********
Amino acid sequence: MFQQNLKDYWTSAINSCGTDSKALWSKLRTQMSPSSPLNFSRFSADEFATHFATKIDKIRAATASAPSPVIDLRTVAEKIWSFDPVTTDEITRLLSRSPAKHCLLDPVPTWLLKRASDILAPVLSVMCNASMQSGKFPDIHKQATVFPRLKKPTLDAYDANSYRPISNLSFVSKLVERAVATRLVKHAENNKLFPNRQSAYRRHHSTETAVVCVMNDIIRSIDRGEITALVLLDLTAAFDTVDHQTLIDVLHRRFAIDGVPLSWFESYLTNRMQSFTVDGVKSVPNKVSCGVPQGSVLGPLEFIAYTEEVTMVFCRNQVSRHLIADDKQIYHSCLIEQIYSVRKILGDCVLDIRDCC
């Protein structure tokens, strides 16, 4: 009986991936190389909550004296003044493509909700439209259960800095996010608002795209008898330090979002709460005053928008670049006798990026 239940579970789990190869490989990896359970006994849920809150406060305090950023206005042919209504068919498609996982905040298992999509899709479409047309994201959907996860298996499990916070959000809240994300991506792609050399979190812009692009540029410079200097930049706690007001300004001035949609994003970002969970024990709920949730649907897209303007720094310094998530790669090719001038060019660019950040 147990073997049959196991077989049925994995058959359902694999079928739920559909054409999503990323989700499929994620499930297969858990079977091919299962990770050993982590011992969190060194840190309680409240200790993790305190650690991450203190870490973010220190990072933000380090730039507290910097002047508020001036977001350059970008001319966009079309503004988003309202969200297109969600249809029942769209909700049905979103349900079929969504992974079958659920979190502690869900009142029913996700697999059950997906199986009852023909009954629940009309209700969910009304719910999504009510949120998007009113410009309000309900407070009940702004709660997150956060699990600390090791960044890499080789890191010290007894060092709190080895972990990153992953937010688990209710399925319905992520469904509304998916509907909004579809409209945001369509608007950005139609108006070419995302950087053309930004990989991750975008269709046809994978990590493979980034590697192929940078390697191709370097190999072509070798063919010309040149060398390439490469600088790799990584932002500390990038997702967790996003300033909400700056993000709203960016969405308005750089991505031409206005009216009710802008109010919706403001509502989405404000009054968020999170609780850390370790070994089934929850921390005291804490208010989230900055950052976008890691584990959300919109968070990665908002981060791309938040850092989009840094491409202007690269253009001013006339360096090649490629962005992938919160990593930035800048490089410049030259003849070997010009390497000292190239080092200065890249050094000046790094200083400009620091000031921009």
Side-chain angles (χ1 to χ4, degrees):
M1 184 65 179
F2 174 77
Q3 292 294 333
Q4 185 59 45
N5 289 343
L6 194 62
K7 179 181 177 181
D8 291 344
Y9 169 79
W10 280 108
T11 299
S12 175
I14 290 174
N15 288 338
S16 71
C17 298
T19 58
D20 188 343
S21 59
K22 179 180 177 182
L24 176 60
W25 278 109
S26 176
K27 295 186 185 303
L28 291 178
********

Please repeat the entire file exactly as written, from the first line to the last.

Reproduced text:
Amino acid sequence: MFQQNLKDYWTSAINSCGTDSKALWSKLRTQMSPSSPLNFSRFSADEFATHFATKIDKIRAATASAPSPVIDLRTVAEKIWSFDPVTTDEITRLLSRSPAKHCLLDPVPTWLLKRASDILAPVLSVMCNASMQSGKFPDIHKQATVFPRLKKPTLDAYDANSYRPISNLSFVSKLVERAVATRLVKHAENNKLFPNRQSAYRRHHSTETAVVCVMNDIIRSIDRGEITALVLLDLTAAFDTVDHQTLIDVLHRRFAIDGVPLSWFESYLTNRMQSFTVDGVKSVPNKVSCGVPQGSVLGPLEFIAYTEEVTMVFCRNQVSRHLIADDKQIYHSCLIEQIYSVRKILGDCVLDIRDCC
């Protein structure tokens, strides 16, 4: 009986991936190389909550004296003044493509909700439209259960800095996010608002795209008898330090979002709460005053928008670049006798990026 239940579970789990190869490989990896359970006994849920809150406060305090950023206005042919209504068919498609996982905040298992999509899709479409047309994201959907996860298996499990916070959000809240994300991506792609050399979190812009692009540029410079200097930049706690007001300004001035949609994003970002969970024990709920949730649907897209303007720094310094998530790669090719001038060019660019950040 147990073997049959196991077989049925994995058959359902694999079928739920559909054409999503990323989700499929994620499930297969858990079977091919299962990770050993982590011992969190060194840190309680409240200790993790305190650690991450203190870490973010220190990072933000380090730039507290910097002047508020001036977001350059970008001319966009079309503004988003309202969200297109969600249809029942769209909700049905979103349900079929969504992974079958659920979190502690869900009142029913996700697999059950997906199986009852023909009954629940009309209700969910009304719910999504009510949120998007009113410009309000309900407070009940702004709660997150956060699990600390090791960044890499080789890191010290007894060092709190080895972990990153992953937010688990209710399925319905992520469904509304998916509907909004579809409209945001369509608007950005139609108006070419995302950087053309930004990989991750975008269709046809994978990590493979980034590697192929940078390697191709370097190999072509070798063919010309040149060398390439490469600088790799990584932002500390990038997702967790996003300033909400700056993000709203960016969405308005750089991505031409206005009216009710802008109010919706403001509502989405404000009054968020999170609780850390370790070994089934929850921390005291804490208010989230900055950052976008890691584990959300919109968070990665908002981060791309938040850092989009840094491409202007690269253009001013006339360096090649490629962005992938919160990593930035800048490089410049030259003849070997010009390497000292190239080092200065890249050094000046790094200083400009620091000031921009």
Side-chain angles (χ1 to χ4, degrees):
M1 184 65 179
F2 174 77
Q3 292 294 333
Q4 185 59 45
N5 289 343
L6 194 62
K7 179 181 177 181
D8 291 344
Y9 169 79
W10 280 108
T11 299
S12 175
I14 290 174
N15 288 338
S16 71
C17 298
T19 58
D20 188 343
S21 59
K22 179 180 177 182
L24 176 60
W25 278 109
S26 176
K27 295 186 185 303
L28 291 178